Kerri Gallagher (center right) chases down a podium finish in the USATF 1500m. Georgetown alumnae Rachel Schneider (second from left) and Treniere Moser  (immediately to the left of Gallagher) were also in the final. Photo: Michael Scott
Kerri Gallagher (center right) chases down a podium finish in the USATF 1500m. Georgetown alumnae Rachel Schneider (second from left) and Treniere Moser (immediately to the left of Gallagher) were also in the final. Photo: Michael Scott

Around D.C., she’s known as the three-time Army Ten-Miler winner. Nationally, she’s the 1500 meter runner who has thrived at the USA Track and Field championships two of the last three years, finishing third on June 28.

[button-red url=”” target=”_self” position=”left”] Watch the race[/button-red]Now, she’s ready to make her national team debut at the IAAF championships this August, after she blew by the qualifying mark July 7 in Italy. She ran 4:03.65 at the Meeting Internazionale di Atletica Leggera in Lignano, recording a more-than five-second PR, winning her race and breaking the meet record.

She is on a three-race trip through Europe that started with the express purpose of achieving qualifying time — 4:06.5, but with that accomplished, she can go into races in Belgium with less urgency.

In Lignano, she catapulted herself up the U.S. women’s standings for the year, ending up fifth at the end of the day July 7 from 15th before the race. In the process, she beat Alexa Efraimson, number four on the list and the junior U.S. recordholder at 1500 m, head-to-head. She also went from the 53rd fastest 1500 runner worldwide this year to 22nd.

“I thought 4:06 was very reasonable and knew I could do it.  I didn’t expect much faster than 4:05, to be honest,” she wrote in an email the day after the race.

The race played out to her plan for running a fast time, following a rabbit through a 65 second first lap and 2:10 800 meter split. She led the third lap in 65 and held off Efraimson and Violah Lagat in the last half lap.

A varied approach to her racing this year — in which she has faced all sorts of conditions and tactics — gave her every reason to think she could squeeze another 13 meters into that time by the Aug. 9 deadline. Her last two seasons have seen her bring more deliberation and purpose to her races, learn a few hard lessons and continue her steady improvement.

“I tried to go out and run the Olympic trials standard every race,” she said of her 2013 season, which ended with a fifth place finish at the USATF meet. “I’ve since learned that it was a silly way to approach it, but it was a very necessary lesson that I needed to learn firsthand. From that year, I have a better idea how each race fits into the bigger picture.”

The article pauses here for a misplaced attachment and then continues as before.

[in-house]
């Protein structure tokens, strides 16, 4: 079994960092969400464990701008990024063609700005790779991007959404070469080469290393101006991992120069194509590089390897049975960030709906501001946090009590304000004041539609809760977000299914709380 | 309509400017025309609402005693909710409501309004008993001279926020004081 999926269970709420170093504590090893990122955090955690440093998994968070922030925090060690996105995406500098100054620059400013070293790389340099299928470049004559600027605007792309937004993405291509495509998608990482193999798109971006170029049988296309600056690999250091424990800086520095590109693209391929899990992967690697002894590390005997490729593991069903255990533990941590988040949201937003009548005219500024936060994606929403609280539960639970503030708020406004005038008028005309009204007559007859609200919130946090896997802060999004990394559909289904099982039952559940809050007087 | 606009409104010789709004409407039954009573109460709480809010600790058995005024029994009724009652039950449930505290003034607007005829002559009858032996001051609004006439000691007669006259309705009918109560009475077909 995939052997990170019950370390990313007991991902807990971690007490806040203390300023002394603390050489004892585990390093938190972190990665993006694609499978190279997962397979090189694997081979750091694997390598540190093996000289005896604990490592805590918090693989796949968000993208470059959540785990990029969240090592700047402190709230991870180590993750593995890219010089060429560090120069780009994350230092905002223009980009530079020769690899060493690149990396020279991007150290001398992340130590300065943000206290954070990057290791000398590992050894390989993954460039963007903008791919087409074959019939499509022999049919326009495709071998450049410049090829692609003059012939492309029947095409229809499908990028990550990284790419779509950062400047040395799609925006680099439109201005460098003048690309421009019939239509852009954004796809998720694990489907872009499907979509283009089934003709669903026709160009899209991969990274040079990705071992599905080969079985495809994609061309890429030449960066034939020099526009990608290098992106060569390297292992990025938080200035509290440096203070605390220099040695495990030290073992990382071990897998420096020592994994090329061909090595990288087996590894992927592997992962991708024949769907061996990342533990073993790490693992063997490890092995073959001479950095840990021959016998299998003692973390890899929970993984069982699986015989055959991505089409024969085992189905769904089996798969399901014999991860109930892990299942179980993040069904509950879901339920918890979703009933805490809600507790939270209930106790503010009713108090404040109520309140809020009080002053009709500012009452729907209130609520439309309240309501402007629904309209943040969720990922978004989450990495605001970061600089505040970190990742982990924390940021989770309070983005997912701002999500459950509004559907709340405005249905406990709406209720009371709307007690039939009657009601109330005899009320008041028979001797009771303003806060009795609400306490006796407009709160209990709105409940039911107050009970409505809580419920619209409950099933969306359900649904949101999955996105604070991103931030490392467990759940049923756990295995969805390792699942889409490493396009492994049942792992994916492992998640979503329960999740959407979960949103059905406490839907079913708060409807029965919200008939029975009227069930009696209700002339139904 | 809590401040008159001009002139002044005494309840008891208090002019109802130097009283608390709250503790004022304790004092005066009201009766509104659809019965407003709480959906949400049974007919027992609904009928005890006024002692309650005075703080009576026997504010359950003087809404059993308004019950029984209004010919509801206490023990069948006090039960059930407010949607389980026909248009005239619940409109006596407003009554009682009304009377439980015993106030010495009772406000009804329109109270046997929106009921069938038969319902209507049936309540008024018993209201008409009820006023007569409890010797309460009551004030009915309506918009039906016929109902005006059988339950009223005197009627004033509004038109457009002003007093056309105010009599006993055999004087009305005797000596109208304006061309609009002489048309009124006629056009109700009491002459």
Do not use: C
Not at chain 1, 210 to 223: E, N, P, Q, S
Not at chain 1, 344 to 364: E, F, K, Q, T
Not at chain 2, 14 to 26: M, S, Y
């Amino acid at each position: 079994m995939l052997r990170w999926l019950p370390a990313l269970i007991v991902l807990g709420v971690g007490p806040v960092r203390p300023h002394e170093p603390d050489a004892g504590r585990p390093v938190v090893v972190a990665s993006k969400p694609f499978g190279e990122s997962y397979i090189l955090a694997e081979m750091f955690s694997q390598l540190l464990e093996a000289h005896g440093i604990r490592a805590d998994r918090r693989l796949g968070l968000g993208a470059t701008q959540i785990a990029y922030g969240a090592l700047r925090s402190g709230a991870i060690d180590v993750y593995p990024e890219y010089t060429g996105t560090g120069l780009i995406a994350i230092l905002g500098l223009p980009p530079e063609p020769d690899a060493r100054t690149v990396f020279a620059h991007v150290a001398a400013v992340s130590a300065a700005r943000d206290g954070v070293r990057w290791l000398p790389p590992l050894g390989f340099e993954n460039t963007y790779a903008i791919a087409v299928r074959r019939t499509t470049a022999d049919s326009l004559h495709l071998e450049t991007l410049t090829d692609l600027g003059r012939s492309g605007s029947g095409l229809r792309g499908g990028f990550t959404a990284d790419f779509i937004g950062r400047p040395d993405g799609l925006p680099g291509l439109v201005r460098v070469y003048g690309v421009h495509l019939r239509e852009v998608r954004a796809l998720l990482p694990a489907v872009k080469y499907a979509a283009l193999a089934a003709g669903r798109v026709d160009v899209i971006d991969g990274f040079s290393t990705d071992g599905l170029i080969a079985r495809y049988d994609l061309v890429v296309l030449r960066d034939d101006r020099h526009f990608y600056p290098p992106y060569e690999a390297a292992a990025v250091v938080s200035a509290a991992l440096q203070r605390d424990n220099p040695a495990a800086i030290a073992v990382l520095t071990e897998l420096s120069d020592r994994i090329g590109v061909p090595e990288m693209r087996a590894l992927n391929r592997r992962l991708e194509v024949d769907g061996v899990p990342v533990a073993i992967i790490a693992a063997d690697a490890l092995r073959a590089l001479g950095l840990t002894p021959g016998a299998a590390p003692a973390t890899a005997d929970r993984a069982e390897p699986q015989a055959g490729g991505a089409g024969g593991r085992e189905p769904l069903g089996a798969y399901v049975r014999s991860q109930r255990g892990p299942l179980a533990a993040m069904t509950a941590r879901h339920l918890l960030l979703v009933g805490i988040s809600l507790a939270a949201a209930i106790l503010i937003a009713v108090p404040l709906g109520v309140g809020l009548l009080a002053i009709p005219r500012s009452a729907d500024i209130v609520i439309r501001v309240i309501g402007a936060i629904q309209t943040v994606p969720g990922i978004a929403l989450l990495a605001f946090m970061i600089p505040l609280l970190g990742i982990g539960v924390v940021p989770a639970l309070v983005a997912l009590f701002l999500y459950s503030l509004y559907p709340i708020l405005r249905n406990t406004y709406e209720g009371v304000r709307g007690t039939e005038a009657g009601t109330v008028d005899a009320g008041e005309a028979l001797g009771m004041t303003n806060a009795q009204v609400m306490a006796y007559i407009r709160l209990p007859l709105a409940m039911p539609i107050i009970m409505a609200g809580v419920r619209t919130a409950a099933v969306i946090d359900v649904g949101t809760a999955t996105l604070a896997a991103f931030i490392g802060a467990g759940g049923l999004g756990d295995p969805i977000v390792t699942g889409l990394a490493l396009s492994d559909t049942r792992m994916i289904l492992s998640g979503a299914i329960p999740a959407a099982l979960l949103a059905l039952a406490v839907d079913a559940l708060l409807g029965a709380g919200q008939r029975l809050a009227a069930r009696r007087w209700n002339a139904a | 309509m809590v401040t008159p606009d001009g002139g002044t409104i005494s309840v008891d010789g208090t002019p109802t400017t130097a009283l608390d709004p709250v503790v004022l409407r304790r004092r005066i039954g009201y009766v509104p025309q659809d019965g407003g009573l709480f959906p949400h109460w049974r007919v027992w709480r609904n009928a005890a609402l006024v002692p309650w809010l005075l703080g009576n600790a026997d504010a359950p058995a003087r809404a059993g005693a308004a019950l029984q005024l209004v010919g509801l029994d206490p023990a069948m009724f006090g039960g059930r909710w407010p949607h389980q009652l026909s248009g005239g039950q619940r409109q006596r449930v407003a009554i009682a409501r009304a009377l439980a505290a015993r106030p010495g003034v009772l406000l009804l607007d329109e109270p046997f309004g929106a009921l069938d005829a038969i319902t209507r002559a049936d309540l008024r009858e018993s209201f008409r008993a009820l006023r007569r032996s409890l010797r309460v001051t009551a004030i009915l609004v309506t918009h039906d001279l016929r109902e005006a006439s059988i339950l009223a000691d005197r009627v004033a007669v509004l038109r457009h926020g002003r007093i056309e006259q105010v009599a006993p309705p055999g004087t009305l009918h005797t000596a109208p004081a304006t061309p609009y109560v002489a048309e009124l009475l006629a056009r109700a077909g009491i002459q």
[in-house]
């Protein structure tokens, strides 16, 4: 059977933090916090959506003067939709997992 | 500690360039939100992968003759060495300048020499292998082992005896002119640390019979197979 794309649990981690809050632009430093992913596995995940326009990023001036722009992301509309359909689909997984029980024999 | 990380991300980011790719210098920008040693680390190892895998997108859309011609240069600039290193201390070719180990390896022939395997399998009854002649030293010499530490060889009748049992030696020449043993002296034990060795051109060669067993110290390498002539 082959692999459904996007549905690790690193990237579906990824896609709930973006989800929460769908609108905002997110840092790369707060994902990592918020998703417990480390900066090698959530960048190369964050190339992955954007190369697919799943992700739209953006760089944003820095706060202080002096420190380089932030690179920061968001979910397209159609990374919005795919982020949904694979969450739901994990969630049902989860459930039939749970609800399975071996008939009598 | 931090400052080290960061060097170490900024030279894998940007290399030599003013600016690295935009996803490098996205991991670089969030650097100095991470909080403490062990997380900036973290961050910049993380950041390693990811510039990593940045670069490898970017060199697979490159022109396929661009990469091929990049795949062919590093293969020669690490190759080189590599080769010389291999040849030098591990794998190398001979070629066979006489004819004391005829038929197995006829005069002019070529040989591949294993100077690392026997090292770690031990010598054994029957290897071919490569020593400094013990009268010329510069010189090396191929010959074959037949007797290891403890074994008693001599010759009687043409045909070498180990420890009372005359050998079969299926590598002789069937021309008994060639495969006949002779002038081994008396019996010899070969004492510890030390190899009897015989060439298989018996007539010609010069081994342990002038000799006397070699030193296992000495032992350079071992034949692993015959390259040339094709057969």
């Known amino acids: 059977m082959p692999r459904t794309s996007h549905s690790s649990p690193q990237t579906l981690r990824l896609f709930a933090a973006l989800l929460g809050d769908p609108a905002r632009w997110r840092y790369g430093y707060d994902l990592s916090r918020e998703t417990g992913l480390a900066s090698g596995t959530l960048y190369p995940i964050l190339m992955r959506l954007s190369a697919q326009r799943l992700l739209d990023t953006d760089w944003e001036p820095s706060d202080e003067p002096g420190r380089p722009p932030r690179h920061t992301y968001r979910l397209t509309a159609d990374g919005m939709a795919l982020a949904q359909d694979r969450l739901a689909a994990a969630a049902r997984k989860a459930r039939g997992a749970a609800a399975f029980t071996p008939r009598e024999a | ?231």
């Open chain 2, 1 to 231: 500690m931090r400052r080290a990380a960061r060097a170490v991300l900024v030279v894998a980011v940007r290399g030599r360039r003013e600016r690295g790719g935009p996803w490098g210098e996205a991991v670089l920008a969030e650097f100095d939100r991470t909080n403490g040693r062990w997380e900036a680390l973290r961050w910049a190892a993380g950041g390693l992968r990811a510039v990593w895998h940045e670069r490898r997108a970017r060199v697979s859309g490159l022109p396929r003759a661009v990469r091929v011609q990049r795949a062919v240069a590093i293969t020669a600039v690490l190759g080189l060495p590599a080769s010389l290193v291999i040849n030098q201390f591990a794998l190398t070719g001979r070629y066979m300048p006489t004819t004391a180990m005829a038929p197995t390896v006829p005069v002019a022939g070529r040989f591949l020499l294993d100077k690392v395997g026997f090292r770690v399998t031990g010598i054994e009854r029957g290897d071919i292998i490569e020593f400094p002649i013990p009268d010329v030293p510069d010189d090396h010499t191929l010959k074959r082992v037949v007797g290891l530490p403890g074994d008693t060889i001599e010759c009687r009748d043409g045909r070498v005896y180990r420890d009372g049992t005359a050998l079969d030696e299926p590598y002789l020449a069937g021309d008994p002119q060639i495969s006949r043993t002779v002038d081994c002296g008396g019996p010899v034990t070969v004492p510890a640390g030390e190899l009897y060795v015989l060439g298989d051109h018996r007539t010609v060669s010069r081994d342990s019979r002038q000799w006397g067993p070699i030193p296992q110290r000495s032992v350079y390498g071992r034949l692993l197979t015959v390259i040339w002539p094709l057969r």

A hot May in the D.C. area may well have helped Gallagher, an Arlington resident and assistant coach at American University who is sponsored by Oiselle. The 90+ degree temperature primed her for racing in the Oregon heat wave, when the 98-degree high on June 26 set a record in Eugene while she raced her preliminary heat. Temperatures in Lignano were in the mid 80s around 9:30 Tuesday evening.

[button-red url=”″ target=”_self” position=”left”] Watch the USATF 1500 m[/button-red] At the USATF meet in Eugene, “It had cooled down to the mid 80s with no sun by the final, but some people aren’t used to training in the heat as much, so their recovery might have been tougher,” she said. “I can handle the heat better than humidity, so I was fine.”

That confidence wouldn’t be shaken by a slow start to the final that saw her trail in last place for more than half of the race. A slow pace early would equalize the advantage the eight women with sub-4:05 times this season — the deepest final in history — would have.

“I just tried to stay out of trouble,” she said.  “When you’re that close together and the pace is going slow, it was comfortable for how fast a lot of women have run, so there’s a lot of risk and tension.”

She knew from experience, stumbling on the inside rail in a Canadian meet and just missing a collision that took down sub-4 1500m runner Shannon Rowbury and Heather Wilson at the Oxy Invitational in California.

And sure enough, Gabe Grunwald fell off the track at 900 meters.

When Gallagher swung outside and took the lead briefly from 2011 world champion Jenny Simpson, commentators first neglected to mention her move, then called her “Kelly” Gallagher, clearly taken aback by her move.

“I was stride for stride with Jenny, just trying to keep up there,” she said. “When Shannon went by me, I knew I had to hang on and I felt like if someone else passed me, I might not have enough left to fight back. I’m just trying to swing my arms and keep driving. You’d seen so many blanket finishes at this meet, photo finishes … the teams decided by tenths of a second.”